August 12. (Devon 1852) — "We felt a tremendous earthquake shock at Beer Ferrers at 7:30 this morning. It was not felt at Plymouth, but, so far as we can ascertain, it was first felt at Beer Town, where all the crockery ware on the shelves rattled for some seconds. We heard a great noise, like the blowing up of a powder magazine, which we thought must have occurred at Plymouth. The house rocked to its foundations. I happened to be writing at the time, and the pen was dashed out of my hand. At Beer Alston, due north from here, the shock was greater. Tiles were thrown from the roof, people rushed into the street, and in the new mine close to the Tamar, those who were working in the upper gallery rushed below, believing that the earth had fallen in upon the men working there. At Tavistock a chemist told me that all his bottles rattled and shook so much that he expected them to fall to the floor. On the Moor many of the great stones were detached from the Tor, and at Two Bridges the landlord told us that while he was in his stable the noise and shaking was so great that he ran out thinking that the building would fall about his ears. On the first floor of his house the children screamed, and his wife expected the floor to give way. A wall had been thrown down at Widdicombe, on the Exeter road. We have traced the shock in a direction from east to west, increasing in intensity as it proceeded.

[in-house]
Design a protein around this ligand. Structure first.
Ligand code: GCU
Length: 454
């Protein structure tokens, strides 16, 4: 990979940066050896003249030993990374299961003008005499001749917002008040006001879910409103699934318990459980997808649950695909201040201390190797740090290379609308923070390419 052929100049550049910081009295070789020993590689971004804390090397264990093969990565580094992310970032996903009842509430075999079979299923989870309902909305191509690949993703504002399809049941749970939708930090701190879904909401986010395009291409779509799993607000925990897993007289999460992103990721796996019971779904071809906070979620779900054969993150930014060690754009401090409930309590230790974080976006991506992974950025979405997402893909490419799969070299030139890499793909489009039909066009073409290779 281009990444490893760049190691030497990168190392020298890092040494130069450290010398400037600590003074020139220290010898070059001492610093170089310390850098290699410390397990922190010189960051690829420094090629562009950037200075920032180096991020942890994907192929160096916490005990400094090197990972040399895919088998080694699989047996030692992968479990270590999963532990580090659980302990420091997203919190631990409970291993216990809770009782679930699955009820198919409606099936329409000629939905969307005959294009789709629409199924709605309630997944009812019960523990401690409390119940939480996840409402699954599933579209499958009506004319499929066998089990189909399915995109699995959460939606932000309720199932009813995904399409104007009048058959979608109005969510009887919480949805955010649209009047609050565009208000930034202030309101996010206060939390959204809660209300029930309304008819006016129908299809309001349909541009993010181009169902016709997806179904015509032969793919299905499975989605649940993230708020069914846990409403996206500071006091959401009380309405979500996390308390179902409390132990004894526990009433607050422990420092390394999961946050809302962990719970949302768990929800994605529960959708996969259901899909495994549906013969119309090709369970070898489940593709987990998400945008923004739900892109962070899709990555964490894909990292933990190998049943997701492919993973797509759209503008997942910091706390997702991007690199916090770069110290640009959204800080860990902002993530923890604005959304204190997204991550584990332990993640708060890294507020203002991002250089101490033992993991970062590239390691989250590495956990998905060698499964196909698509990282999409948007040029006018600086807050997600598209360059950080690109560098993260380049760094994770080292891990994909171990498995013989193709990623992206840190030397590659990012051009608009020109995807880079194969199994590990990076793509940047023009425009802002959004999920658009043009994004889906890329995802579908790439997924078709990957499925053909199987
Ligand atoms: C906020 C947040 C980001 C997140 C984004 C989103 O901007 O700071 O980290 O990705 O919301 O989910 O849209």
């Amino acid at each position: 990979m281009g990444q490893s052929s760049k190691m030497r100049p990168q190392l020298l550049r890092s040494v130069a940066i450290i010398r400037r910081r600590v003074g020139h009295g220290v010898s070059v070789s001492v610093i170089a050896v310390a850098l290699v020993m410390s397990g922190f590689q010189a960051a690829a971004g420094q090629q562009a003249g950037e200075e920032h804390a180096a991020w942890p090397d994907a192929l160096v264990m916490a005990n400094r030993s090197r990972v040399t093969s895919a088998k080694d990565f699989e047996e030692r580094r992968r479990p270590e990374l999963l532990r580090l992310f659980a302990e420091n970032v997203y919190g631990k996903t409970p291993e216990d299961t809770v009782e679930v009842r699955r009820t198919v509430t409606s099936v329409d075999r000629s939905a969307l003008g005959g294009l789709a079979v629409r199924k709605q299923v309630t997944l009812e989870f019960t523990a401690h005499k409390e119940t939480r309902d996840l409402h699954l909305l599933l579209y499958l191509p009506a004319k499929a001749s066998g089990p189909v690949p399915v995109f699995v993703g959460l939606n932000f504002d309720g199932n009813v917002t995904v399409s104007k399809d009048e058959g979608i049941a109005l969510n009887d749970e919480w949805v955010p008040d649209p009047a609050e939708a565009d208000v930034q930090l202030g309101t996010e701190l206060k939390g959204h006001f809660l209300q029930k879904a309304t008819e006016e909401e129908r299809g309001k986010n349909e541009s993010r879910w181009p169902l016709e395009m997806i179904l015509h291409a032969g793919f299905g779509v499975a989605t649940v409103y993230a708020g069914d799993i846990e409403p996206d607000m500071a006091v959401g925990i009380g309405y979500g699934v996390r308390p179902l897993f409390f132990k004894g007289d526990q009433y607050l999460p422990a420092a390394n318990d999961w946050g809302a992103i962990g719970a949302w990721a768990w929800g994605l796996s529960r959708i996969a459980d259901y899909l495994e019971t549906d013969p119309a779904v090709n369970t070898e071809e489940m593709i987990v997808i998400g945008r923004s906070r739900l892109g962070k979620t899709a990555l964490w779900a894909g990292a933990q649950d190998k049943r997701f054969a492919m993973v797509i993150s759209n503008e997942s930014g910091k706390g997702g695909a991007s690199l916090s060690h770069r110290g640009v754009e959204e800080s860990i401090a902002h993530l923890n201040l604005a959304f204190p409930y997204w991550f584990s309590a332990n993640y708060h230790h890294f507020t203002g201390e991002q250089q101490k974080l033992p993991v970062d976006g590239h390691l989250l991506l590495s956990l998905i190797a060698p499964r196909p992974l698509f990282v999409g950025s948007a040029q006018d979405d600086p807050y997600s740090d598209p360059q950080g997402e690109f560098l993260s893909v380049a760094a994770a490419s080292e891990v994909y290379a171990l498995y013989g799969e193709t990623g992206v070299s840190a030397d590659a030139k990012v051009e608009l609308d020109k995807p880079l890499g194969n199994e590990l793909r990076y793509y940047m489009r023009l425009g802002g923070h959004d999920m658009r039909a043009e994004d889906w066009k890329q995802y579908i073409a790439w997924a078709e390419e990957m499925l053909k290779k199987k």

|St. Pancras Church, Widecombe|
"The last recorded convulsion of this kind was in October 1752, just a hundred years ago. During the evening service in Widdicombe church, a ball of fire burst through one of the windows, and passed down the nave. Large stones, which were detached from the tower of the church, broke through the roof. The clergyman, the Rev. Mr. Lynn, and his clerk remained in their places, and a huge beam from the roof actually fell between them. The clergyman continued to pray aloud, in the presence only of the dead and the wounded. Four persons were killed, and sixty-two persons seriously injured. The most harrowing tales respecting this shock are still told by the peasantry of Dartmoor. A hundred years ago the shock was heralded by a violent storm of thunder and lightning. On the present occasion there was no storm. The sky was overcast, the air was heavily charged, and had been so for some days."